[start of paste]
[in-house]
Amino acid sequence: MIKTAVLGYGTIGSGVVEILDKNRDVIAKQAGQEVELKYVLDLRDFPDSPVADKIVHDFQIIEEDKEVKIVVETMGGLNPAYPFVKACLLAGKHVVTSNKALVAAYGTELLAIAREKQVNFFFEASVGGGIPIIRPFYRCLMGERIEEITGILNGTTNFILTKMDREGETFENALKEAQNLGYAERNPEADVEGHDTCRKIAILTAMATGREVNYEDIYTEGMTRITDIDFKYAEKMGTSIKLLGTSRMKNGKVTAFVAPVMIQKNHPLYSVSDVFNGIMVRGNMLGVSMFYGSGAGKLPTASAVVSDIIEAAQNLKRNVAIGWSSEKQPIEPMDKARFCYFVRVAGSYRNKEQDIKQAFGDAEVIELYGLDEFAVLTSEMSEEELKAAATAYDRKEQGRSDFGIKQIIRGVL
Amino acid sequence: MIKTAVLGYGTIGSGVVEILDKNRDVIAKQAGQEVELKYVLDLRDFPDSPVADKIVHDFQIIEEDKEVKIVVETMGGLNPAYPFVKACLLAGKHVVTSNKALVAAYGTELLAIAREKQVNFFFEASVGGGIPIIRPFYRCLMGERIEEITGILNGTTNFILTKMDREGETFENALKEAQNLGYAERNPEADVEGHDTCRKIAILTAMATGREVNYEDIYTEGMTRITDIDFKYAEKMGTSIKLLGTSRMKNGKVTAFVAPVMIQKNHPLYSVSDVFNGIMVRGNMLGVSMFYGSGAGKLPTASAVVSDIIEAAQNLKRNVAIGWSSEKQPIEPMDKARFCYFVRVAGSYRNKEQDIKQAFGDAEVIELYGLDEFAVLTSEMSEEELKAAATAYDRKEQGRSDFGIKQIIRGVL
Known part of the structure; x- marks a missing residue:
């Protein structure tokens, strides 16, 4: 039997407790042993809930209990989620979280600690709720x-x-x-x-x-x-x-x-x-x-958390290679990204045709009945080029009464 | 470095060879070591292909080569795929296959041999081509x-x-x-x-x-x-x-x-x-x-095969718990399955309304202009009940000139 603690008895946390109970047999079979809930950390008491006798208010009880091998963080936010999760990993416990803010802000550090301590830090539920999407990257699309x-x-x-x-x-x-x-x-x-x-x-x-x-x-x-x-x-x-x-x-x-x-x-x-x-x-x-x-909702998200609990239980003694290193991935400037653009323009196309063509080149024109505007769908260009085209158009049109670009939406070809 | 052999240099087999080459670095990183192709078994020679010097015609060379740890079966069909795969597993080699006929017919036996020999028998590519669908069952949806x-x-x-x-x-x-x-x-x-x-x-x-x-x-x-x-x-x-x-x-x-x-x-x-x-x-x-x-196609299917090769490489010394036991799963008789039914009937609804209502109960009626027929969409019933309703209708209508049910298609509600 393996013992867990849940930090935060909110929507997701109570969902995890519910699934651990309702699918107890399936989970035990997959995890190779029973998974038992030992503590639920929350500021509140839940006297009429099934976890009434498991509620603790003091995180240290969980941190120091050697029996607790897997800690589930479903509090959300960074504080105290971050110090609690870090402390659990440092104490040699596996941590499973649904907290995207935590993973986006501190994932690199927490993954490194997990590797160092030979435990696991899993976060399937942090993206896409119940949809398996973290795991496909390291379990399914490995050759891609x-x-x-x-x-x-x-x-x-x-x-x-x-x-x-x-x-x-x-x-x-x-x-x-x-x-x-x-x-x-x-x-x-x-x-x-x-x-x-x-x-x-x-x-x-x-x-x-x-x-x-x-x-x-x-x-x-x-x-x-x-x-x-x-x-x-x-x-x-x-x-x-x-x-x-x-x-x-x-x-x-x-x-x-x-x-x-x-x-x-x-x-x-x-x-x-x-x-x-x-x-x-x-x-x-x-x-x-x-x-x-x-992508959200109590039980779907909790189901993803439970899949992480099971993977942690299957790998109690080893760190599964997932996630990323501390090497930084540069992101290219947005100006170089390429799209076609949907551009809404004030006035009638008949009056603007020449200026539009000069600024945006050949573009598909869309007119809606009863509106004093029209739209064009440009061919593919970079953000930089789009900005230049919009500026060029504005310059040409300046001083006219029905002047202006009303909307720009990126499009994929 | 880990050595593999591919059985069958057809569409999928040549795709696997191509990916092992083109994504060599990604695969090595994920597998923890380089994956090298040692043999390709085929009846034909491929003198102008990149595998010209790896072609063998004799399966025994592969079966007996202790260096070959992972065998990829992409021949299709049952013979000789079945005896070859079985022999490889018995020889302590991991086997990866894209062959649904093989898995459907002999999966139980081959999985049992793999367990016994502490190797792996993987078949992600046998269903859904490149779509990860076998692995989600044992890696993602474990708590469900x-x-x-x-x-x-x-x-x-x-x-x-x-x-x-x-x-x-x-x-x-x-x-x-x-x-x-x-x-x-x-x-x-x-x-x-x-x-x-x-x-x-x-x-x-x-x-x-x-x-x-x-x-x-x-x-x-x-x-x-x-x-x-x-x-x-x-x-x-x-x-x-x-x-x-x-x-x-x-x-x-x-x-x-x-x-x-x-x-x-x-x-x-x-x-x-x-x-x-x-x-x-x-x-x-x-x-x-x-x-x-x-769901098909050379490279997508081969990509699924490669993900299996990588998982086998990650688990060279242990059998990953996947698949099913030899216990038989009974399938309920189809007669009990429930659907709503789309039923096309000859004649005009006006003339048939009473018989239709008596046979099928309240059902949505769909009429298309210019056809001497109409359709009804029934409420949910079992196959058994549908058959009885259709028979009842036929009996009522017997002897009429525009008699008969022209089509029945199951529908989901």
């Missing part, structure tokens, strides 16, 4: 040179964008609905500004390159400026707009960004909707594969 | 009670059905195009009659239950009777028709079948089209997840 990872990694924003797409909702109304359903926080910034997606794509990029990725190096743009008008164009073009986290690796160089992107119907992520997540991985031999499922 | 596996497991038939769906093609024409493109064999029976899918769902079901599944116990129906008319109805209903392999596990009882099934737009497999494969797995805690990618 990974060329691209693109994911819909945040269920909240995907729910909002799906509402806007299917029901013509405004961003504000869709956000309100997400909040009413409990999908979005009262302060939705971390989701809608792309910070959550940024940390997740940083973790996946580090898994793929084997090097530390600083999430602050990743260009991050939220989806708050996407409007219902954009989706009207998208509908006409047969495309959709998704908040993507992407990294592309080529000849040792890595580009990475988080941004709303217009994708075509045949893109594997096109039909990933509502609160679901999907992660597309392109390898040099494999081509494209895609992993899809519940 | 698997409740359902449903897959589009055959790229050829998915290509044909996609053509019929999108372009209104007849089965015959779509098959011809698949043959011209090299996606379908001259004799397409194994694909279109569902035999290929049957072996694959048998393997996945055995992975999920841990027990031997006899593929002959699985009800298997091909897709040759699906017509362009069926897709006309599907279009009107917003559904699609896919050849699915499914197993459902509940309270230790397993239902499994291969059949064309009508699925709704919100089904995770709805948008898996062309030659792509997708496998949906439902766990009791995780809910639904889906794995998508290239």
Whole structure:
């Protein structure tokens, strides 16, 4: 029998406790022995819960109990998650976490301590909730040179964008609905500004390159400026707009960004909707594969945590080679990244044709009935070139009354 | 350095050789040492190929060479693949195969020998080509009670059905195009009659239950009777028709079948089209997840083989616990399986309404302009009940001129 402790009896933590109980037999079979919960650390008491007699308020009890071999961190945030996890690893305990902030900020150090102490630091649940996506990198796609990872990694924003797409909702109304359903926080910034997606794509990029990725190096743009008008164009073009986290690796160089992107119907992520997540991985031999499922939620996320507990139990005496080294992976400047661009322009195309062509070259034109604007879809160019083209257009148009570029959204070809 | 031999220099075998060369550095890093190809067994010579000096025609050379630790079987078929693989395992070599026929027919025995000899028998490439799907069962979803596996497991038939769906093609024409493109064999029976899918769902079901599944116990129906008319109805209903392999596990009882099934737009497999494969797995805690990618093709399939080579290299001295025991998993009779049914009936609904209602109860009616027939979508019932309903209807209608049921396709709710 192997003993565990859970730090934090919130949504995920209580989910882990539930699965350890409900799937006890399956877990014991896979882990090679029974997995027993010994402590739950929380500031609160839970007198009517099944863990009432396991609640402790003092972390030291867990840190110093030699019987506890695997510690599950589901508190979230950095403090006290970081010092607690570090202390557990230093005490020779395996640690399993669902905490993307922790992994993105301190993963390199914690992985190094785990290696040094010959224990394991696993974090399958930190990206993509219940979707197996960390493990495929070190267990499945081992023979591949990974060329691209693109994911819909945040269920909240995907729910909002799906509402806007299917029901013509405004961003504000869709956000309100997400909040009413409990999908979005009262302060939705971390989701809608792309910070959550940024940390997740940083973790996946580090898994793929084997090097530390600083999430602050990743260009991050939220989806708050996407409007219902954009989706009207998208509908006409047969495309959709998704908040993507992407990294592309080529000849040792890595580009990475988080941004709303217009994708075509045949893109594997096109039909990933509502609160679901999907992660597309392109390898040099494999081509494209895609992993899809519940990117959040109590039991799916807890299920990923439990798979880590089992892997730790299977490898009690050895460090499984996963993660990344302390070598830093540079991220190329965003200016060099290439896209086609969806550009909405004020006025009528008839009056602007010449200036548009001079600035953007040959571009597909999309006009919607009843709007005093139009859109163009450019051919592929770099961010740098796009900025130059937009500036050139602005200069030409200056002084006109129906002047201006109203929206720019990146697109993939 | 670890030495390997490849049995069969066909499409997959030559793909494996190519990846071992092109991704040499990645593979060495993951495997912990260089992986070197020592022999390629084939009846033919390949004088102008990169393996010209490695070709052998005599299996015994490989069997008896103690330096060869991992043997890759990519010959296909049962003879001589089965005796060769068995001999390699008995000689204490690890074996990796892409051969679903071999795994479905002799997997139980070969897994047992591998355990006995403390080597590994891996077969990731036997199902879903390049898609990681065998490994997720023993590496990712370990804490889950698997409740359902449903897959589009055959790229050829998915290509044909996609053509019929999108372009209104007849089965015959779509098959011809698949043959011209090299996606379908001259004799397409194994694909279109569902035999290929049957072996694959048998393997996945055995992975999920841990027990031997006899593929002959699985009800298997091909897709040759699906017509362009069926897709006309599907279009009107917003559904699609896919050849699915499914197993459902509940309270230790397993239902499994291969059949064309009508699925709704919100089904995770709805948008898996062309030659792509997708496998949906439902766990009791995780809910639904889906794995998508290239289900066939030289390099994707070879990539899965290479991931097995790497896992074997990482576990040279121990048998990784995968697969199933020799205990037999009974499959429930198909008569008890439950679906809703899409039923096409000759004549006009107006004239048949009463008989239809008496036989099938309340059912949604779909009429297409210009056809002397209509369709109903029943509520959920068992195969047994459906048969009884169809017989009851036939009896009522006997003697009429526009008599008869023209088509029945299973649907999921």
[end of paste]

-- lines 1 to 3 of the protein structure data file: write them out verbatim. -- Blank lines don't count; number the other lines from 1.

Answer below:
[in-house]
Amino acid sequence: MIKTAVLGYGTIGSGVVEILDKNRDVIAKQAGQEVELKYVLDLRDFPDSPVADKIVHDFQIIEEDKEVKIVVETMGGLNPAYPFVKACLLAGKHVVTSNKALVAAYGTELLAIAREKQVNFFFEASVGGGIPIIRPFYRCLMGERIEEITGILNGTTNFILTKMDREGETFENALKEAQNLGYAERNPEADVEGHDTCRKIAILTAMATGREVNYEDIYTEGMTRITDIDFKYAEKMGTSIKLLGTSRMKNGKVTAFVAPVMIQKNHPLYSVSDVFNGIMVRGNMLGVSMFYGSGAGKLPTASAVVSDIIEAAQNLKRNVAIGWSSEKQPIEPMDKARFCYFVRVAGSYRNKEQDIKQAFGDAEVIELYGLDEFAVLTSEMSEEELKAAATAYDRKEQGRSDFGIKQIIRGVL
Amino acid sequence: MIKTAVLGYGTIGSGVVEILDKNRDVIAKQAGQEVELKYVLDLRDFPDSPVADKIVHDFQIIEEDKEVKIVVETMGGLNPAYPFVKACLLAGKHVVTSNKALVAAYGTELLAIAREKQVNFFFEASVGGGIPIIRPFYRCLMGERIEEITGILNGTTNFILTKMDREGETFENALKEAQNLGYAERNPEADVEGHDTCRKIAILTAMATGREVNYEDIYTEGMTRITDIDFKYAEKMGTSIKLLGTSRMKNGKVTAFVAPVMIQKNHPLYSVSDVFNGIMVRGNMLGVSMFYGSGAGKLPTASAVVSDIIEAAQNLKRNVAIGWSSEKQPIEPMDKARFCYFVRVAGSYRNKEQDIKQAFGDAEVIELYGLDEFAVLTSEMSEEELKAAATAYDRKEQGRSDFGIKQIIRGVL